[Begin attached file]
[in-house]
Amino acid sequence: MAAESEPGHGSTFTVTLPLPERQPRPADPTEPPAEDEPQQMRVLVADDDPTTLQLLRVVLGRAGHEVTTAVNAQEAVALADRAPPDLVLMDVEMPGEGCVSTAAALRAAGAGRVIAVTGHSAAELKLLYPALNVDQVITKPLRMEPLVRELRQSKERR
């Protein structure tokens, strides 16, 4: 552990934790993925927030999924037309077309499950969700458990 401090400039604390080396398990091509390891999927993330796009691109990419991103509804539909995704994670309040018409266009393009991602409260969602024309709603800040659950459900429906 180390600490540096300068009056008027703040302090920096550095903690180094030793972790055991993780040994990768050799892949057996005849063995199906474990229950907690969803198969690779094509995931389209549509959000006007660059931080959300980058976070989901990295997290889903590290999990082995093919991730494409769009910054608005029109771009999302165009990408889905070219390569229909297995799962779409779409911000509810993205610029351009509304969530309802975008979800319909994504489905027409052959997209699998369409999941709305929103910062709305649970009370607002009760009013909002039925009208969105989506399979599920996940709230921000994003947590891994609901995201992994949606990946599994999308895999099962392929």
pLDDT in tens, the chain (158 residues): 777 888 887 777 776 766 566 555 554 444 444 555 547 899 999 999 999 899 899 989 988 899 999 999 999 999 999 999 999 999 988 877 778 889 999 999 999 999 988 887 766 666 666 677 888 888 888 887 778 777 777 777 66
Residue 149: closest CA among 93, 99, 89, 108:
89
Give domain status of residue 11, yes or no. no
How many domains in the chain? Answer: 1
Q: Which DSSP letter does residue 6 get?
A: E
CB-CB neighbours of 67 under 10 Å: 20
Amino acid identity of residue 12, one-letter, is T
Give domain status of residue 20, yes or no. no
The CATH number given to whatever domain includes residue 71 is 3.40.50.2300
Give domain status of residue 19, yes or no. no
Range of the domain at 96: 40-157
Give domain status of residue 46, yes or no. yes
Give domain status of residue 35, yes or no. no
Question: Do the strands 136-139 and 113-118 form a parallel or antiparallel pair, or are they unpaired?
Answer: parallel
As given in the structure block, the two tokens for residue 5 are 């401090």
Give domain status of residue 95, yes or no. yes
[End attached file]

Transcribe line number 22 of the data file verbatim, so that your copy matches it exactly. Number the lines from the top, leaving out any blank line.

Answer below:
Give domain status of residue 95, yes or no. yes